Climate change has aptly been described as humankind’s greatest moral and technical challenge. A recent World Bank report predicts that more than 800 million people reside in areas that by 2050 will become dangerous climate hotspots (World Bank, 2018). If climate change causes a 3°C increase in average surface temperatures by 2100 (which is the expectation on our current trajectory) it is estimated to result in the extinction of 3 in every 5 species currently living (Flannery, 2008). Other studies (Thomas, et al., 2004), on the basis of mid-range climate-warming scenarios (temperature increases of 1.8–2.0°C for 2050, indicate that 15–37% of species in a representative sample of regions and taxa will be ‘committed to extinction’. At higher levels of temperature increase (>2°C) and where there are limited options for migration the extinction prediction increased to 38–52%. These dramatic extinction events are due to the relatively rapid rate of this change which does not allow these species to genetically adapt quickly enough. Loss of migratory pathways further prevents many from moving to compatible ecological zones at higher latitudes.

However, as emphasised by the World Bank report, presentation of the individual impacts of climate change do not adequately portray the full impact of climate change due to the “cascading” effects which are likely to be far more harmful than the immediate impacts. These cumulative impacts are difficult to accurately quantify. For example, from 2006 to 2011 Syria experienced its large-scale crop failures due to the worst drought in at least 900 years (a drought made 2-3 times more likely on account of only 0.6°C average temperature increase).

Figure 1 Current net emissions trajectory vs. that required to meet 2050 target of 1.5°C temperature rise (World Resources Institute, 2018)

This drought and the civil war have both contributed to the 6.6 million internally displaced persons and the mass migration of 5.6 million people to Turkey, Europe and elsewhere; which in turn contributed to Brexit, the rise of populist governments, and an unprecedented threat to the EU’s institutional survival (Glasser, 2018). The social and economic costs of this mass migration are, therefore, difficult to quantify. Likewise, it is impossible to predict the impact on humans of large-scale species loss, in a world in which we are intimately dependent upon plants, animals, insects and microbes for our food and oxygen; if their destruction alone is not enough cause for alarm.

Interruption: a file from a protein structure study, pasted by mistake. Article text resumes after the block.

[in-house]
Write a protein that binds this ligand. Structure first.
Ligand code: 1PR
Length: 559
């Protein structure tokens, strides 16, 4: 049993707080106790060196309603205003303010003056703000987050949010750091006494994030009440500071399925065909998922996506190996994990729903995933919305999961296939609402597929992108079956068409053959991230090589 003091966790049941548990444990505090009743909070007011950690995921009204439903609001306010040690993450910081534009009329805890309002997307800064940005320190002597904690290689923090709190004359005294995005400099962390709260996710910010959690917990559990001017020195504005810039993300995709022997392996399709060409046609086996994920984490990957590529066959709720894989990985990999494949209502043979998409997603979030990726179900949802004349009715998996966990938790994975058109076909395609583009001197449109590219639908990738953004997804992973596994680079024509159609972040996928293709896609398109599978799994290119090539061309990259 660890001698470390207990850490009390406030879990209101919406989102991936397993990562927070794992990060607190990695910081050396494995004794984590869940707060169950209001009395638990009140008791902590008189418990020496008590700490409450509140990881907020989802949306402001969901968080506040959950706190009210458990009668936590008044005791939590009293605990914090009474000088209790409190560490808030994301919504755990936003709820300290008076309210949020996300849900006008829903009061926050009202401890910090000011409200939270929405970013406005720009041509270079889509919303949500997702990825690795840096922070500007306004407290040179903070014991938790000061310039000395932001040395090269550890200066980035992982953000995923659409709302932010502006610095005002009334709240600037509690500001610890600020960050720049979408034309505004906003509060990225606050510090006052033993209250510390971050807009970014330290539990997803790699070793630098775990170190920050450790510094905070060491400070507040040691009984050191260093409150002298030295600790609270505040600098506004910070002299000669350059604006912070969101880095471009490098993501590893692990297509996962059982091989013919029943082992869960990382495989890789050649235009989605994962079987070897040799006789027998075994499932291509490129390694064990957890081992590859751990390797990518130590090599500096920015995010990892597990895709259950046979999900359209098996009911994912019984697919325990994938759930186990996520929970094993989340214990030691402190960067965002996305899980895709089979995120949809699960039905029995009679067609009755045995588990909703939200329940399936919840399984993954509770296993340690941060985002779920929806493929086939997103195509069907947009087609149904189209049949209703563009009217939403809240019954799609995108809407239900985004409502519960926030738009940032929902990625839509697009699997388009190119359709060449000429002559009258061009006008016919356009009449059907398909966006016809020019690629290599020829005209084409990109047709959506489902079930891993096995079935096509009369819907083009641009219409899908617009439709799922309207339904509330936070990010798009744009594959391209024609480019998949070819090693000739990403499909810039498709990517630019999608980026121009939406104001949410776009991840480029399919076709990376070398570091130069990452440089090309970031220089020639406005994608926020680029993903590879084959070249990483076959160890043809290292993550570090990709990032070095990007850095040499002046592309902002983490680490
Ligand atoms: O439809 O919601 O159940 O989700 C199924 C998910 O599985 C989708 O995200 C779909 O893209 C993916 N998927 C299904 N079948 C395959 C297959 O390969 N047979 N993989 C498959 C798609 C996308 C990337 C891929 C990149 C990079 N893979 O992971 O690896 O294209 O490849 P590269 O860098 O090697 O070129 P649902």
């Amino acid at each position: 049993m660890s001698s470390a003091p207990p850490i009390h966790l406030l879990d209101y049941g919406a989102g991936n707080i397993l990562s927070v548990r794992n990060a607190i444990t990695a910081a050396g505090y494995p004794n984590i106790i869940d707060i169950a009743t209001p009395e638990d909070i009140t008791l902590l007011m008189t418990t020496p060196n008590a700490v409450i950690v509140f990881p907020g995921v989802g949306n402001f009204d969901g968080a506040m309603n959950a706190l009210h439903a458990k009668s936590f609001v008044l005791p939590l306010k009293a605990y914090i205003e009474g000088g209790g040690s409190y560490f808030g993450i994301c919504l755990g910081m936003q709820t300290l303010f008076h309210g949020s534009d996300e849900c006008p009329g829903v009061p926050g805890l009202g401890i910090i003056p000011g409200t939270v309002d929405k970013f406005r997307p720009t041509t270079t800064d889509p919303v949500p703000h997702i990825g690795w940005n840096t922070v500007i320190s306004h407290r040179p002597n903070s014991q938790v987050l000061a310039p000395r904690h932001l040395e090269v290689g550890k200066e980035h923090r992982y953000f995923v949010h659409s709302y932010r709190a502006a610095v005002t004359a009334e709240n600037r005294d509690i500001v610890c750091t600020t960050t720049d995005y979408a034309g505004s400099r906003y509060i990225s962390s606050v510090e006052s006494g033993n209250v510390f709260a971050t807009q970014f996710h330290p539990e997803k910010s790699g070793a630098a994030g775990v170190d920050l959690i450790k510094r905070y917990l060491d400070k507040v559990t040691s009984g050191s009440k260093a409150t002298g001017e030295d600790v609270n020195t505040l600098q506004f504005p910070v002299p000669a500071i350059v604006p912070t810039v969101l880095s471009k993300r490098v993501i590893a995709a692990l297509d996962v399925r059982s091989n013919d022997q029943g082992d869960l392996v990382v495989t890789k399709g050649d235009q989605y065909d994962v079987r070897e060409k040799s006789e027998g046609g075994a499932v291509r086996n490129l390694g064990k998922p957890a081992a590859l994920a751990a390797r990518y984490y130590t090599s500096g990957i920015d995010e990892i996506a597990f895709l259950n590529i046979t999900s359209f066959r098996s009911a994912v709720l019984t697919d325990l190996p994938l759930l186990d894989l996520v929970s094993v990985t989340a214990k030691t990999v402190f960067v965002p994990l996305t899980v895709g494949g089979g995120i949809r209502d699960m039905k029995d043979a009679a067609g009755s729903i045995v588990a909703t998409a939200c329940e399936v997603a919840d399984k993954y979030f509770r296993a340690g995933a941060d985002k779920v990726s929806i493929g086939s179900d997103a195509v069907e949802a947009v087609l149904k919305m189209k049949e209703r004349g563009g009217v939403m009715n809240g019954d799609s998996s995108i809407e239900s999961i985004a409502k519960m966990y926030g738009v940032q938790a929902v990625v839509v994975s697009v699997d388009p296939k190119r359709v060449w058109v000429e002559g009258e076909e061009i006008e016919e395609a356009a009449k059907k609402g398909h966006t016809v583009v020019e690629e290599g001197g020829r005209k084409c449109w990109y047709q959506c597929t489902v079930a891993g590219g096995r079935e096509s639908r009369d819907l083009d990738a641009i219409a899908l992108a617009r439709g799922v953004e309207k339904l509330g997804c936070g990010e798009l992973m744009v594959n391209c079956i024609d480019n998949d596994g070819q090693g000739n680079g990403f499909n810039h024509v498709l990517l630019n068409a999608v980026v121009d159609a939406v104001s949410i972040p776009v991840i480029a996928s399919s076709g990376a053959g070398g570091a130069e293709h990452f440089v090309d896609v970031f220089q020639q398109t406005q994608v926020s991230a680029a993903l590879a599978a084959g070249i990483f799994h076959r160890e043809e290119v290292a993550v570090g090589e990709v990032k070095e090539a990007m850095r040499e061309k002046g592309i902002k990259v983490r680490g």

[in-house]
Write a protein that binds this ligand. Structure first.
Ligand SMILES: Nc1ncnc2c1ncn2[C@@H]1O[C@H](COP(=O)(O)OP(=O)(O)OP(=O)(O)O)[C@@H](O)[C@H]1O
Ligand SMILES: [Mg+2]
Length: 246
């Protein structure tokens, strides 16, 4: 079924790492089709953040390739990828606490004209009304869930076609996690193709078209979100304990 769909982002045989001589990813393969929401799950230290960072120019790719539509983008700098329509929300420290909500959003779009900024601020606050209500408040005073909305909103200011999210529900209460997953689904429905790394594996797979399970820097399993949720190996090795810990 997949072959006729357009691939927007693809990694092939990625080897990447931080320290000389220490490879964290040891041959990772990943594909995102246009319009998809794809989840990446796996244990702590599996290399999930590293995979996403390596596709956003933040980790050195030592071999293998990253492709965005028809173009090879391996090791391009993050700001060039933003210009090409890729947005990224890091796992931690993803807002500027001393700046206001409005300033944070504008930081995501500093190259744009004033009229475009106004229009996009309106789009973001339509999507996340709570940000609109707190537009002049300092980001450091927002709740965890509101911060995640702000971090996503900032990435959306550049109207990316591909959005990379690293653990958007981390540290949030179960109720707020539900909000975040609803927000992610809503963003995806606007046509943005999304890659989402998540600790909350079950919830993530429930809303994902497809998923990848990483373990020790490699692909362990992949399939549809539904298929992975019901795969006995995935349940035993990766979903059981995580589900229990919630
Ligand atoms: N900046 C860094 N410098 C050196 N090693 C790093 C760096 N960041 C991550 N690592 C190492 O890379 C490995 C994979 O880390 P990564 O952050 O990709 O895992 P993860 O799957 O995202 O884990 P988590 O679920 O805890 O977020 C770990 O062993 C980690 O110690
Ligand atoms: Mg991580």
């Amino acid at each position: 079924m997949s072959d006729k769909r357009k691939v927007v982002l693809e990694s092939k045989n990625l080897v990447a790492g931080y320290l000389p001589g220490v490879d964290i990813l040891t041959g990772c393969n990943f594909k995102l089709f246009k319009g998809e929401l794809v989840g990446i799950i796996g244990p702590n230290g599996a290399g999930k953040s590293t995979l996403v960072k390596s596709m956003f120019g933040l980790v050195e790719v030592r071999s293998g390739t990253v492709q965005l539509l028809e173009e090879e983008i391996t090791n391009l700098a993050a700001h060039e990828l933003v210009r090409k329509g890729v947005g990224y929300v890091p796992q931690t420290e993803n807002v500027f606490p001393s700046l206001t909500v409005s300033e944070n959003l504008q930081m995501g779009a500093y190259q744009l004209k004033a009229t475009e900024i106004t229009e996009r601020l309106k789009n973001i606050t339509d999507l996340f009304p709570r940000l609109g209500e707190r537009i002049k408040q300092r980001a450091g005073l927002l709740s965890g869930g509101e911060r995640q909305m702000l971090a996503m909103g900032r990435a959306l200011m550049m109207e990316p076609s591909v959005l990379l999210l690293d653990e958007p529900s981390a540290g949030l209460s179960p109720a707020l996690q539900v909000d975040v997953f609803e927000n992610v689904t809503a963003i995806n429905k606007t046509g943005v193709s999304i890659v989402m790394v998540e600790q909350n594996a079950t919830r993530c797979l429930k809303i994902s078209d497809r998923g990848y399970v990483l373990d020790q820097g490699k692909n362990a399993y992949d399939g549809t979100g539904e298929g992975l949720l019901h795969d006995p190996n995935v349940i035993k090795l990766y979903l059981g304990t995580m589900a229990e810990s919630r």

Never before has an environmental phenomenon been scientifically studied as carefully and thoroughly as climate change. Yet its complexity and the existence of many positive feedback loops make it a difficult event to model and predict. Many scientists are expressing concerns that these positive feedback loops may lead to a tipping point causing climate change to escalate at such a pace that human efforts, no matter how strenuous, will no longer be able to halt its progress (Curtin, 2018).

Figure 2 Global warming trajectory: No change vs. Current commitment vs. Paris goal (Our World in Data, 2021)

As can be seen in Figure 3 below, New Zealand’s net emissions under the United Nations Framework Convention on Climate Change (UNFCCC) were 56.0 Mt CO2-e in 2016 and emissions per person were the sixth highest at 17.4 tonnes CO2-e per capita amongst developed countries (NZ MFE, 2018).Estimates of the global emissions outcome of current nationally stated mitigation ambitions (as submitted under the Paris Agreement) would lead to global greenhouse gas emissions in 2030 of 52–58 Gt CO2eq yr-1 (see Figure 1). Analysis reflecting these ambitions indicate they would not limit global warming to 1.5°C, even if supplemented by very challenging increases in the scale and ambition of emissions reductions after 2030 (IPCC, 2018). Instead our current trajectory is for a 2.7 - 3.1°C increase in average surface temperature (see Figure 2).


Figure 3 Comparison of per capita CO2 equivalent GHG emissions in 2016 (NZ MFE, 2018)